The mystery revolves around a stolen painting, thought to be a heretofore unknown 1910 painting of Lenin by Modigliani. The players include, among othThe mystery revolves around a stolen painting, thought to be a heretofore unknown 1910 painting of Lenin by Modigliani. The players include, among others, elderly Russian ex pats whose parents were once socially and politically connected, middle-aged Russians trying to rebuild their finances after the collapse of the USSR, clannish Serbs looking for revenge, assorted Paris flics, a member of the country's stolen art squad, a printer working with other protestors trying to protect their neighborhood from redevelopment, the usual suspects (e.g., Aimee, her childhood editor friend Martine, Aimee's bichon Miles Davis, her concierge, commissaire godfather Morbier, and Rene's computer protege Saj), a highly-competent intern named Maxence, and the always present specter of Aimee's fugitive mother. There's plenty of running around--most of which makes sense, but a fair few scenes which will have readers shaking their head asking, "And in what alternate universe did that sound like a good idea?!" It's wearing a bit thin at this point--esp. as there were three notable instances in which Aimee might easily have been killed.
That said, I'm somewhat torn about how to rate and review Murder below Montparnasse, book 13 in the Aimee Leduc series. On the one hand, I thoroughly enjoyed the amount of time devoted to Rene who, at book's open, has been lured away from the firm to an IPO start-up in Silicon Valley (N.B.: the book is set in 1998). I must admit to being a good bit mystified by his naivite regarding the circumstances of his employment. Perhaps he was so eager to leave Leduc Detective Agency, where he was so ill-used by his business partner Aimee, that he jumped at such a seemingly too good to be true offer while having done next to no research on any aspects of day-to-day life in California. (In some regards, I suppose, this was a nice parallel to tourists' stereotyped notions of what life is actually like in Paris, so perhaps I need to not weigh that oversight so heavily against the otherwise scrupulously detail-focused Rene who I otherwise so admire.)
Aimee remains her socially bumbling self throughout the book. In fact, I often picture her as a Parisian Lucille Ball, only dressed in bits and pieces of second-hand couture. And finally, my reaction to the Big Surprise at book's end was precisely one of Aimee's favorite lines: Desolee! Plus, it was so heavily telegraphed that it wasn't really much of a surprise when finally confirmed. And the manner in which it unfolded was equally clumsy. *Sigh* I can well appreciate that it's tough to carry a story through so many books, and to retain readers' interest along the way, but I am seriously worried that our dear Aimee may be about to jump the shark.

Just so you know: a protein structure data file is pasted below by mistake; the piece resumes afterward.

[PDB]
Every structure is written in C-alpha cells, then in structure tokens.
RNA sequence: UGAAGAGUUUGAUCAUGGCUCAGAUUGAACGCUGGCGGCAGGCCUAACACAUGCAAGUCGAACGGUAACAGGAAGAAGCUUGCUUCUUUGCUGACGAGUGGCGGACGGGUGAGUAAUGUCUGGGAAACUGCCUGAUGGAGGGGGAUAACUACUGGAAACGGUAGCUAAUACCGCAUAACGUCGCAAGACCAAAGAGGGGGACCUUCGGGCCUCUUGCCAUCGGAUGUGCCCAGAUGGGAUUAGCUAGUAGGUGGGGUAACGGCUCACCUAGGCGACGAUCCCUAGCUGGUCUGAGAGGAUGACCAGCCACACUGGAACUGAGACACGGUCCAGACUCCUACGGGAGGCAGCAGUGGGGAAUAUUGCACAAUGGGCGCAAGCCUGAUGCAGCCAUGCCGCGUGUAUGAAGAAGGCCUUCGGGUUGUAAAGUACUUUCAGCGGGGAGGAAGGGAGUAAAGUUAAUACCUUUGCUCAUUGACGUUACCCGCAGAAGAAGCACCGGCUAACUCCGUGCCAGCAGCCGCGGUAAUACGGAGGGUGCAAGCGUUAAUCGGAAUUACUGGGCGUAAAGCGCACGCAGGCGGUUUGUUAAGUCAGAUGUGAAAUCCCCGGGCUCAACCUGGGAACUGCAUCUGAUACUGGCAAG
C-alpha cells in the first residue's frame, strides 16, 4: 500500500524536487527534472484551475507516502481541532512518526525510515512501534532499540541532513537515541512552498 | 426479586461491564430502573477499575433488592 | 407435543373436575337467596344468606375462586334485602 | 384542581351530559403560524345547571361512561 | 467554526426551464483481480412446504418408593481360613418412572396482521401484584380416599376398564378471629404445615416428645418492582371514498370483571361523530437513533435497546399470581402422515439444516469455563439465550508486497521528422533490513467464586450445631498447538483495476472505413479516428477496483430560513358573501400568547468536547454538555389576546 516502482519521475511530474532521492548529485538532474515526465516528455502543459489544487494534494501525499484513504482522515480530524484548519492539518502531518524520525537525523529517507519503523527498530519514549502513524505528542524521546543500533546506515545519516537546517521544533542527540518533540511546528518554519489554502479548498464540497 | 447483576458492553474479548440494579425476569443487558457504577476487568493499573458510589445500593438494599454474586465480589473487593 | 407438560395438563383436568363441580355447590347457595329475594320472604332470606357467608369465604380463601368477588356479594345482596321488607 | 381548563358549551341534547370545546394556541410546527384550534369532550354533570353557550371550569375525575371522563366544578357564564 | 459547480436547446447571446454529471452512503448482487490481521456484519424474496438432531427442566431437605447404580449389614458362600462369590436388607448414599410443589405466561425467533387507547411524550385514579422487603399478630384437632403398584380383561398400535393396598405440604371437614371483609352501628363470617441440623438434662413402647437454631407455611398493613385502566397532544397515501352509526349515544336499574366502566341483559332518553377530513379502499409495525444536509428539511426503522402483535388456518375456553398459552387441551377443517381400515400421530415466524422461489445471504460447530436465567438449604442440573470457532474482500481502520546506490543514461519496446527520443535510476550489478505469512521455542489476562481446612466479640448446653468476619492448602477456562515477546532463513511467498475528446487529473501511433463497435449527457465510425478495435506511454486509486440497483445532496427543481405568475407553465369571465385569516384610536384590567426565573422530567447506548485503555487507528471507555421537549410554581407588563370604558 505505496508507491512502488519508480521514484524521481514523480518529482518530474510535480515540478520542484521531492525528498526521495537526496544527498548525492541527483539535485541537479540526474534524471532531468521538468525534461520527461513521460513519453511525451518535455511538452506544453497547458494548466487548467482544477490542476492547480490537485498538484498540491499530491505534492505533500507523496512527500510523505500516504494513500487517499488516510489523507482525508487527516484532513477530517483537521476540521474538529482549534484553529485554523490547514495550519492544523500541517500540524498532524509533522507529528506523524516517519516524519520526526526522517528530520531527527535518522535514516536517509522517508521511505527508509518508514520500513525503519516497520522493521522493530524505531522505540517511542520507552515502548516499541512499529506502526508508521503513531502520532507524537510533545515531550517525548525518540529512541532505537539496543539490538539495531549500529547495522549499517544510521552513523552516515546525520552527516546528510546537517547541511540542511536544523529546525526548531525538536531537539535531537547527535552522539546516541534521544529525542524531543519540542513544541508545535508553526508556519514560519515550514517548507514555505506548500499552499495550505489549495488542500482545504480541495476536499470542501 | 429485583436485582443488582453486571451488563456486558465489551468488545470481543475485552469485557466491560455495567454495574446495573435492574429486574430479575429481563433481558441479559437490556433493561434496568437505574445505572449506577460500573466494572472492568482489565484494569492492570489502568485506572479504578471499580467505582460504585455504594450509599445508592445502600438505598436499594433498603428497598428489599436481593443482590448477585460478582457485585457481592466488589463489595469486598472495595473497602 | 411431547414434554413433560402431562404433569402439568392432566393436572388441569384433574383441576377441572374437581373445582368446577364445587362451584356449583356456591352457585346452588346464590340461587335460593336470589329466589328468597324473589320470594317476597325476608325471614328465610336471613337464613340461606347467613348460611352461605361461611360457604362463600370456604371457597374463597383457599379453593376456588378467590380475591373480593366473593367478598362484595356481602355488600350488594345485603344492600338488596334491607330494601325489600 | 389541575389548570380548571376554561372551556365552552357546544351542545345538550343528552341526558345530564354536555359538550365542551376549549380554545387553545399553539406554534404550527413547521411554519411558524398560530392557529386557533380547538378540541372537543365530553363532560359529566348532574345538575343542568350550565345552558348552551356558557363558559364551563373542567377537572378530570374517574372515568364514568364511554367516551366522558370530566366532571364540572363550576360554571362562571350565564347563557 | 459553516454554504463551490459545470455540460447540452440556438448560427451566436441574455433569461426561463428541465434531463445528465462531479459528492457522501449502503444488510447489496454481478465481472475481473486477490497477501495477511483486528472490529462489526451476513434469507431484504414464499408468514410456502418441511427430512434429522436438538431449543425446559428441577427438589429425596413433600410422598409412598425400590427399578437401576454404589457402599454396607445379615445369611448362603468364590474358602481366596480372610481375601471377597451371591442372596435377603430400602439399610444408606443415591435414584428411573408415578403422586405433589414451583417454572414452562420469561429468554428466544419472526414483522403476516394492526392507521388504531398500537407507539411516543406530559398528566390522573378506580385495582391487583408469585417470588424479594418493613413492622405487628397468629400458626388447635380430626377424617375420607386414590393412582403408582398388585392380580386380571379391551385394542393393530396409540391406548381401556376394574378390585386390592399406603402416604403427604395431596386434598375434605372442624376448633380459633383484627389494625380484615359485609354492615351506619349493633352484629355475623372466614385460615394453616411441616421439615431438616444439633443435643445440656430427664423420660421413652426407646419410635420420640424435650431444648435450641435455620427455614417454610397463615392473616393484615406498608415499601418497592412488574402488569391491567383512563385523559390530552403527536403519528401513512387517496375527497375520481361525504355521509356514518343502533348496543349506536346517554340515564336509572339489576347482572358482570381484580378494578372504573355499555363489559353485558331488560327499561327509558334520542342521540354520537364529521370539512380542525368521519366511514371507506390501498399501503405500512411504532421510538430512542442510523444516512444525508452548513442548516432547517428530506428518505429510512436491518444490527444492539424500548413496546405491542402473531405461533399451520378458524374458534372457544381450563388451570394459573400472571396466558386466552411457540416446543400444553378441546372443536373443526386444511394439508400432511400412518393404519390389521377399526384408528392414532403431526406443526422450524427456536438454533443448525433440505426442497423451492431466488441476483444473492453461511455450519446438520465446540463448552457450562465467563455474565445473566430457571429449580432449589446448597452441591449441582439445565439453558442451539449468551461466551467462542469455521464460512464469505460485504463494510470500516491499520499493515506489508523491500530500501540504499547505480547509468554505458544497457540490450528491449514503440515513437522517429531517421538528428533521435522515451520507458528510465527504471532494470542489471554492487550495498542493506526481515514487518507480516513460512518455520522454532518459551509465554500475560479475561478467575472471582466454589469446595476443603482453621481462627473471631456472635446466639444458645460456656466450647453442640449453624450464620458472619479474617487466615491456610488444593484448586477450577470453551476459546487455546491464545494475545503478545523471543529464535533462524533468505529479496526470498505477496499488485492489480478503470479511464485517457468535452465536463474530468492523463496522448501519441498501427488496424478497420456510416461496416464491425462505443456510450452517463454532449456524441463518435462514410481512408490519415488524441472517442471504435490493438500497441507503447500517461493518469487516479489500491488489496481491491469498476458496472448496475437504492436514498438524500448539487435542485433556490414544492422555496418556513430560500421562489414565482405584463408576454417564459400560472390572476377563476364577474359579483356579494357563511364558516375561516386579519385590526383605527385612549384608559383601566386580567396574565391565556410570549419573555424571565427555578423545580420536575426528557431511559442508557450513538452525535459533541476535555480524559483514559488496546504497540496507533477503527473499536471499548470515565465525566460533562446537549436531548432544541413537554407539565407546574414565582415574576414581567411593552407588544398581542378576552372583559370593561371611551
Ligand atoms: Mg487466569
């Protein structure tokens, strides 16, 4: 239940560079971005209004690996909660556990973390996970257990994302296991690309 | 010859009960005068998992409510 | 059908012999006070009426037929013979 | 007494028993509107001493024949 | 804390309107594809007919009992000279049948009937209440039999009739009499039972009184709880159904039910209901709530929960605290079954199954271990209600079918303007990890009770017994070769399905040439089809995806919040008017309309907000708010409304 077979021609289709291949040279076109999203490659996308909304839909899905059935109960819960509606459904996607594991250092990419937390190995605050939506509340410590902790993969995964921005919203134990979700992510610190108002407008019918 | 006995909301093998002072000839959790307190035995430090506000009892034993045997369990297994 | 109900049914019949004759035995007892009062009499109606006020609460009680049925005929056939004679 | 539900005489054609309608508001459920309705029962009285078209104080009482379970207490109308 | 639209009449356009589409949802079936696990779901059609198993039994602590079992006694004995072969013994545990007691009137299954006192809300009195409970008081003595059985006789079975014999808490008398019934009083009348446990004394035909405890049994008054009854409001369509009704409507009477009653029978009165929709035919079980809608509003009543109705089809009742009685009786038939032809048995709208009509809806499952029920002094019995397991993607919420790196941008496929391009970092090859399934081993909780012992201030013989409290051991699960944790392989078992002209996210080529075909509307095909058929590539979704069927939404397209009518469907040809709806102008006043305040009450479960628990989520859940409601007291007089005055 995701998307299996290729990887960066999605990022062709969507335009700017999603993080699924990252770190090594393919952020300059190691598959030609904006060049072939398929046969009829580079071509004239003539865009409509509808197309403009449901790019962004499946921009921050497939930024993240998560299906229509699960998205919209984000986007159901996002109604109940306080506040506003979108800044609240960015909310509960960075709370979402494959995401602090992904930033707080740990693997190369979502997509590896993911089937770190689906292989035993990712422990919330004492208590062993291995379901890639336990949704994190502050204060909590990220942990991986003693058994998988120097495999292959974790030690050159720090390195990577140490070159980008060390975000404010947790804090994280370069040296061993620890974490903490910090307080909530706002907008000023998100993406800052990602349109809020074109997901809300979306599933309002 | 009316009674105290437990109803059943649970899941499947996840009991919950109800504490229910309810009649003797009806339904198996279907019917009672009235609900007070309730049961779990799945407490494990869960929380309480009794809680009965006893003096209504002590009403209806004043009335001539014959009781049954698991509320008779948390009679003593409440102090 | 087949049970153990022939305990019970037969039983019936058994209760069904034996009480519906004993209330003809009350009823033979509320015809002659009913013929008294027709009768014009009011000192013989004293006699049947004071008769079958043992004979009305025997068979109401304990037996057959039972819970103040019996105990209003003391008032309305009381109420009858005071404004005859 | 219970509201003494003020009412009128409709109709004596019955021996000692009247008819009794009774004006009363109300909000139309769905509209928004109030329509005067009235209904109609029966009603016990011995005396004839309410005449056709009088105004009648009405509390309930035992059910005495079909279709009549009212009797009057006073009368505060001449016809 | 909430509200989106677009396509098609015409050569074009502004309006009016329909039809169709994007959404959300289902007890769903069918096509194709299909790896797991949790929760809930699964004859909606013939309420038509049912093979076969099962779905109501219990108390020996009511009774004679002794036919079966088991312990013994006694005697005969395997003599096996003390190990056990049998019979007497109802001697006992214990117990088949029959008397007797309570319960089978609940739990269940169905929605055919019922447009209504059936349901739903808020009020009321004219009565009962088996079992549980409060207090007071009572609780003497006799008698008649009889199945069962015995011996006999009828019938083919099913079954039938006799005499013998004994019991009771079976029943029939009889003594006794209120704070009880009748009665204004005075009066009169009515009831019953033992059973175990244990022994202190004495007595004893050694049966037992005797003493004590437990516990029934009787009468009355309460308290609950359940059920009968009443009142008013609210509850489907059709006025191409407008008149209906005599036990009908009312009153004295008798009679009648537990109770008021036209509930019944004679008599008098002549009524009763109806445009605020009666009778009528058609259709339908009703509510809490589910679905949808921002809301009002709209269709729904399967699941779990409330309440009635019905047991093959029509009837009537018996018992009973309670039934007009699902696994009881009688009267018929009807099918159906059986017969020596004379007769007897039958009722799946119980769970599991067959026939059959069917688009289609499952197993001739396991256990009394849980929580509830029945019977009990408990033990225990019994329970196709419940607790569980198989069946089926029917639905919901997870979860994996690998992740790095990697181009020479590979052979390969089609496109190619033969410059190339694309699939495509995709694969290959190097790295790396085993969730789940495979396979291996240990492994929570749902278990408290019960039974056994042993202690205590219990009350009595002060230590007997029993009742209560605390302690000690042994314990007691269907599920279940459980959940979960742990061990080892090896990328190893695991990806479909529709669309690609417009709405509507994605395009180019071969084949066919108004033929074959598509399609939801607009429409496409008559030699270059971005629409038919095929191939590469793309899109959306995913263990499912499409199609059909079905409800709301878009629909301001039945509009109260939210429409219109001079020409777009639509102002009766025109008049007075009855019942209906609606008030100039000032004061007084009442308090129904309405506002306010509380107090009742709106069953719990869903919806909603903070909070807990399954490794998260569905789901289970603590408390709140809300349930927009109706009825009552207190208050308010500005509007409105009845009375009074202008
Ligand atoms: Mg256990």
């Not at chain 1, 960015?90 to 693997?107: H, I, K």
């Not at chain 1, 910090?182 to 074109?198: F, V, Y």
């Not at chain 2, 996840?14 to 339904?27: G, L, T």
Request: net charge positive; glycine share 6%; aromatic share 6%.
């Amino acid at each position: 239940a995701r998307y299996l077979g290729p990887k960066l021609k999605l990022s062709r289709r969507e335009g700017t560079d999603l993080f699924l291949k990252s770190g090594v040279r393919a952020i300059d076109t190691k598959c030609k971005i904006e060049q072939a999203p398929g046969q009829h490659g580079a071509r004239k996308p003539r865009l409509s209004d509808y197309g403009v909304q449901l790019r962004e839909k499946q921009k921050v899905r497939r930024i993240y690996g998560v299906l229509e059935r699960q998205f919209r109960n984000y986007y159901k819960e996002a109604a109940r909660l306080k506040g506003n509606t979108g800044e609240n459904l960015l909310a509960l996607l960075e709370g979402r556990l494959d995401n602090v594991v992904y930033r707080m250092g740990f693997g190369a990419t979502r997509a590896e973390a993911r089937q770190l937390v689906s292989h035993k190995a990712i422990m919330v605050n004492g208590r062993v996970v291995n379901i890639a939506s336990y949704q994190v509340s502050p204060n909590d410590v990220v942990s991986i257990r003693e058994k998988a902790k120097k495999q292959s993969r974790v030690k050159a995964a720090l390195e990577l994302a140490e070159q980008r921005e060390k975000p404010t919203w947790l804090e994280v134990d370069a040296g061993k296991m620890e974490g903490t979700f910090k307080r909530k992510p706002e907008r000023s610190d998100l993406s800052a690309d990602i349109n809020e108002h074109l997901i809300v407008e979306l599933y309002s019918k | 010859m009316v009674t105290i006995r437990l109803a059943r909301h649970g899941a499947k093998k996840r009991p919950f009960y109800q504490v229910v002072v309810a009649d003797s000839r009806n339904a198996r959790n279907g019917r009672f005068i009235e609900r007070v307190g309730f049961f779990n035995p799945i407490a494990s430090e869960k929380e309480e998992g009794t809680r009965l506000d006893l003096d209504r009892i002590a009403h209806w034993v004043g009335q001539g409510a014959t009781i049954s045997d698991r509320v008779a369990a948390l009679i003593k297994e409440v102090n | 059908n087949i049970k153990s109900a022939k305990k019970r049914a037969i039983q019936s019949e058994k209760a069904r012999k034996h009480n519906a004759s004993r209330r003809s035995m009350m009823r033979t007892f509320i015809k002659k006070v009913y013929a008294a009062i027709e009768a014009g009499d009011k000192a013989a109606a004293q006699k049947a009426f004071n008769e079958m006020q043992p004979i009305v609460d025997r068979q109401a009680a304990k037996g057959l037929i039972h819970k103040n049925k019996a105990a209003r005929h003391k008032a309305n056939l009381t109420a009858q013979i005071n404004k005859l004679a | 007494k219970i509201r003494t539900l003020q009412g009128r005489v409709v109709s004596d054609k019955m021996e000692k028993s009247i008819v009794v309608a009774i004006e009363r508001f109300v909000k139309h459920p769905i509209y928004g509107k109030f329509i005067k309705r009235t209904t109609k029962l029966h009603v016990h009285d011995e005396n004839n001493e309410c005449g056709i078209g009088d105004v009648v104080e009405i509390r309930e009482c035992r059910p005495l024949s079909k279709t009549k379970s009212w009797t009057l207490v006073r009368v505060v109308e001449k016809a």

So Undead and Underwater is actually a set of three semi-random novellas. The first, Super, Girl! is a funny tale of the head of Human Resources who iSo Undead and Underwater is actually a set of three semi-random novellas. The first, Super, Girl! is a funny tale of the head of Human Resources who is unable to get to work on time, misses tons of meetings, takes more than her fair share of "sick days," etc. etc. because she's a super hero off fighting crime on the way to work, in the midst of the workday, and whenever the need arises. Overall it was silly, but had some great lines. Case in point: "God is dead! Only the IT department can help you now" (p. 79). The second novella, Undead and Underwater pulls in Betsy Taylor (queen of the vampires from Davidson's "Undead and..." series) and marine biologist/mermaid Dr. Fred Blim. Loads of fun, sarcasm, and slamming of Boston tourons to be had here. And finally, Incomer, builds on the world of the Wyndham Werewolves. It contained one of the funniest sex scenes I've ever read in my life. Words we can all live by, to be sure: "There is no need to harm bacon, ever!" (p. 289). All told, these are an enjoyable quick morsel of escapism--probably best appreciated by those already familiar with Davidson's series, but certainly a decent intro and teaser to enter those worlds for any who might stumble upon this volume without that prior background....more